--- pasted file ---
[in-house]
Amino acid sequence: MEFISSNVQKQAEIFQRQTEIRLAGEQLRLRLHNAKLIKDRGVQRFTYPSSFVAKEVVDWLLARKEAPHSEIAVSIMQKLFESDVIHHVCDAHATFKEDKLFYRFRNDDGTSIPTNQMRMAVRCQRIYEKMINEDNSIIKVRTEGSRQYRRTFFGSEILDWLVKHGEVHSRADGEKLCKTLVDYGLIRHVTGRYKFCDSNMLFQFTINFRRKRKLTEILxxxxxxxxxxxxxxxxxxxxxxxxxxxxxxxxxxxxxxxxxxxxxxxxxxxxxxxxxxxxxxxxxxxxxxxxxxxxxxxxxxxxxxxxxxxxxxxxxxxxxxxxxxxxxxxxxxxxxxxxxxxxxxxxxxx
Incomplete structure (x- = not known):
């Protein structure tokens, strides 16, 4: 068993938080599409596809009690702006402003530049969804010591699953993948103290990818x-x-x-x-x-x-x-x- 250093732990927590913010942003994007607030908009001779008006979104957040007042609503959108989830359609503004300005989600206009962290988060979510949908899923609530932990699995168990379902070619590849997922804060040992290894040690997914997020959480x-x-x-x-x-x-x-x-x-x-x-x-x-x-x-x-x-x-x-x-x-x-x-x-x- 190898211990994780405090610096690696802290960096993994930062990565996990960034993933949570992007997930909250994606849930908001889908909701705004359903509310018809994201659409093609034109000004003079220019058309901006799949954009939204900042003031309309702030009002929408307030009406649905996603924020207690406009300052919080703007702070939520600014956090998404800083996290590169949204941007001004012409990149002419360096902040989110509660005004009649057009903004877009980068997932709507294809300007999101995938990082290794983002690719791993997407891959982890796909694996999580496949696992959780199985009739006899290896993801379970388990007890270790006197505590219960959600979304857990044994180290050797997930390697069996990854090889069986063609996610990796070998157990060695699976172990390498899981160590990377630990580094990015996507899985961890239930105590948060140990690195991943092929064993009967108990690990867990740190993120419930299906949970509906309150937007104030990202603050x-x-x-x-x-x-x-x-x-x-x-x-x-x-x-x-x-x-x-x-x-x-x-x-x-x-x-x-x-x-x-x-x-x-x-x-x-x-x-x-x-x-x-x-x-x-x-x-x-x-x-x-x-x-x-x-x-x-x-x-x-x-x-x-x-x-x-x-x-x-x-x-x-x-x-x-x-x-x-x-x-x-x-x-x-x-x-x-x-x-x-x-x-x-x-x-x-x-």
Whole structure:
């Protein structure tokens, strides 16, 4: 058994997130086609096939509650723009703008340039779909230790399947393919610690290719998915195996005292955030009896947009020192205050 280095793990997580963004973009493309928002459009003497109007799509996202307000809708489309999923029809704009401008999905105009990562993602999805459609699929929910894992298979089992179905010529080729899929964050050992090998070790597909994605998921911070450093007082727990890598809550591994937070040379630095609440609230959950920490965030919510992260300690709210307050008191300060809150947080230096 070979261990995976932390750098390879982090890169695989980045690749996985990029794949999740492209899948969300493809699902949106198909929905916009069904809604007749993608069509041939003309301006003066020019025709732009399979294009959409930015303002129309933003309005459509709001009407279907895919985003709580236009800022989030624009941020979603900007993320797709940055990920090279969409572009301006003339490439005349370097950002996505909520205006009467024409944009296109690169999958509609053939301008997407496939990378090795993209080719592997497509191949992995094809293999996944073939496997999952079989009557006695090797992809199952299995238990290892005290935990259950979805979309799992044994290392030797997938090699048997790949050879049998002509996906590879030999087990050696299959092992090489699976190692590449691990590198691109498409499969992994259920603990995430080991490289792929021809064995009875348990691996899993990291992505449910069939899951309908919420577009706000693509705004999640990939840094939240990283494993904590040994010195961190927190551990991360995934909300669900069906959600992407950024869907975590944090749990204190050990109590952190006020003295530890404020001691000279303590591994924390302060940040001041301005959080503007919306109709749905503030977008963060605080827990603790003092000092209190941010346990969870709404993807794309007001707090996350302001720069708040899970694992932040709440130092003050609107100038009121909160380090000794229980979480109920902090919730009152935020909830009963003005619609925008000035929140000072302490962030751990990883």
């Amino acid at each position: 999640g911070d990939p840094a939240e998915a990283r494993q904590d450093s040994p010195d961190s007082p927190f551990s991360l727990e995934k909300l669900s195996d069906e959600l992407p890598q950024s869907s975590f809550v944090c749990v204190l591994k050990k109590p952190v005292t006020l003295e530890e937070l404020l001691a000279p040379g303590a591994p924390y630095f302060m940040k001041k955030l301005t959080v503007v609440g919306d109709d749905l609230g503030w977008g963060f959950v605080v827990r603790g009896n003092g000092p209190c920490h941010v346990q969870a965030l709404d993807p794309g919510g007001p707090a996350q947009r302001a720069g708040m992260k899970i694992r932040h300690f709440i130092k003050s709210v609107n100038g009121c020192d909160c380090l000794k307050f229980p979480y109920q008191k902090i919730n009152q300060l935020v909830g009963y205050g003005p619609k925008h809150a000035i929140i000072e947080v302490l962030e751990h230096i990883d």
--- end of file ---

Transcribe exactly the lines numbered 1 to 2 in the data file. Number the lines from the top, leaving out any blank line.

[in-house]
Amino acid sequence: MEFISSNVQKQAEIFQRQTEIRLAGEQLRLRLHNAKLIKDRGVQRFTYPSSFVAKEVVDWLLARKEAPHSEIAVSIMQKLFESDVIHHVCDAHATFKEDKLFYRFRNDDGTSIPTNQMRMAVRCQRIYEKMINEDNSIIKVRTEGSRQYRRTFFGSEILDWLVKHGEVHSRADGEKLCKTLVDYGLIRHVTGRYKFCDSNMLFQFTINFRRKRKLTEILxxxxxxxxxxxxxxxxxxxxxxxxxxxxxxxxxxxxxxxxxxxxxxxxxxxxxxxxxxxxxxxxxxxxxxxxxxxxxxxxxxxxxxxxxxxxxxxxxxxxxxxxxxxxxxxxxxxxxxxxxxxxxxxxxxx